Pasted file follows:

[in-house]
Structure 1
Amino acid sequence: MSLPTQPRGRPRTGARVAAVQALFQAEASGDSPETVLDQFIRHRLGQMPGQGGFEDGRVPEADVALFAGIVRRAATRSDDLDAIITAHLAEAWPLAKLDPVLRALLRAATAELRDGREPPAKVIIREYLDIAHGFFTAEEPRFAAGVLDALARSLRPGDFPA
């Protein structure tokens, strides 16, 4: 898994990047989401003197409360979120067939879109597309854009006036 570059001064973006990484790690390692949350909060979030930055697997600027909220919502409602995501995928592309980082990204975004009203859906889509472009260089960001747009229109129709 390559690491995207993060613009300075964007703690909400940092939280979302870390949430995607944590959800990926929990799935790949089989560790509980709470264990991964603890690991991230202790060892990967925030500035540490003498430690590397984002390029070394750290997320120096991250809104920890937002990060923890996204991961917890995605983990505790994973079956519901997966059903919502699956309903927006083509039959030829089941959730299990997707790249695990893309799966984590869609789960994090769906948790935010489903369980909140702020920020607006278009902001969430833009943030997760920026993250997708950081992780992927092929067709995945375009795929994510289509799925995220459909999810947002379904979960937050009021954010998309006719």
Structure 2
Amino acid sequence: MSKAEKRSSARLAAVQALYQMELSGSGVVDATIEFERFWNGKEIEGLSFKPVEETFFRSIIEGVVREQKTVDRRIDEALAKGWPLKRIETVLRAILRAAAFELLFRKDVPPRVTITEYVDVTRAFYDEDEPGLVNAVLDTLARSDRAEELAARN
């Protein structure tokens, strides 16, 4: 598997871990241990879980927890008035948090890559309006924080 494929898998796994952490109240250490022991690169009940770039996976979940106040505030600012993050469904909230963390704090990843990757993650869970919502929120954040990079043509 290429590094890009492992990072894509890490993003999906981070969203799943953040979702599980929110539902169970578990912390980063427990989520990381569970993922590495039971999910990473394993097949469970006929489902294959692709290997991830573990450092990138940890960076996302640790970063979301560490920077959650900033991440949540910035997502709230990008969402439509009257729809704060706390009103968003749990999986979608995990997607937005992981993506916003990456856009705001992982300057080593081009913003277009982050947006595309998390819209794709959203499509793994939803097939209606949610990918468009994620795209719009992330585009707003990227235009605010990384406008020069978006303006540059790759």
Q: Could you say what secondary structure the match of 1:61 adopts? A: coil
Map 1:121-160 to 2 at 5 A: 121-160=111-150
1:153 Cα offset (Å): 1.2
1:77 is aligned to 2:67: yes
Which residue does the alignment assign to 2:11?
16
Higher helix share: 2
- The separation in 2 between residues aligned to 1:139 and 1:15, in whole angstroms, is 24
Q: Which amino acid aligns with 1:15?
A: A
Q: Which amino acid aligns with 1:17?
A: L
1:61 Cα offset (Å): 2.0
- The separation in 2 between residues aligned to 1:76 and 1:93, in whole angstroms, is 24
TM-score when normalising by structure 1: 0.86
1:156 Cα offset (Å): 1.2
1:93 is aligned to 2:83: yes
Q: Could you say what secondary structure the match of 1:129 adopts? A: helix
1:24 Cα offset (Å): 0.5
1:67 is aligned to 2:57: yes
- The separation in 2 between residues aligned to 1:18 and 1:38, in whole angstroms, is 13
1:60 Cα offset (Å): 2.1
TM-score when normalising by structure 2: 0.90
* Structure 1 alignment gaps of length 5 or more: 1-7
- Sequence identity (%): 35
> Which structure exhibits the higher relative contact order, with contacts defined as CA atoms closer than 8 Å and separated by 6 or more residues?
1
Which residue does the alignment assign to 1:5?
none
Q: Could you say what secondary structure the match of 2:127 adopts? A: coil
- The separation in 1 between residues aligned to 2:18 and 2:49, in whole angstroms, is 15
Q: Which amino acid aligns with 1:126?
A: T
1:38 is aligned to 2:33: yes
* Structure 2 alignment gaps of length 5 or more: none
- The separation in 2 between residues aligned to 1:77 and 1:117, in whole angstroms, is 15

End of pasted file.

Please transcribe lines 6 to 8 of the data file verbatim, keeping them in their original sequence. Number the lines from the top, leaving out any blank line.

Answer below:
Amino acid sequence: MSKAEKRSSARLAAVQALYQMELSGSGVVDATIEFERFWNGKEIEGLSFKPVEETFFRSIIEGVVREQKTVDRRIDEALAKGWPLKRIETVLRAILRAAAFELLFRKDVPPRVTITEYVDVTRAFYDEDEPGLVNAVLDTLARSDRAEELAARN
């Protein structure tokens, strides 16, 4: 598997871990241990879980927890008035948090890559309006924080 494929898998796994952490109240250490022991690169009940770039996976979940106040505030600012993050469904909230963390704090990843990757993650869970919502929120954040990079043509 290429590094890009492992990072894509890490993003999906981070969203799943953040979702599980929110539902169970578990912390980063427990989520990381569970993922590495039971999910990473394993097949469970006929489902294959692709290997991830573990450092990138940890960076996302640790970063979301560490920077959650900033991440949540910035997502709230990008969402439509009257729809704060706390009103968003749990999986979608995990997607937005992981993506916003990456856009705001992982300057080593081009913003277009982050947006595309998390819209794709959203499509793994939803097939209606949610990918468009994620795209719009992330585009707003990227235009605010990384406008020069978006303006540059790759």
Q: Could you say what secondary structure the match of 1:61 adopts? A: coil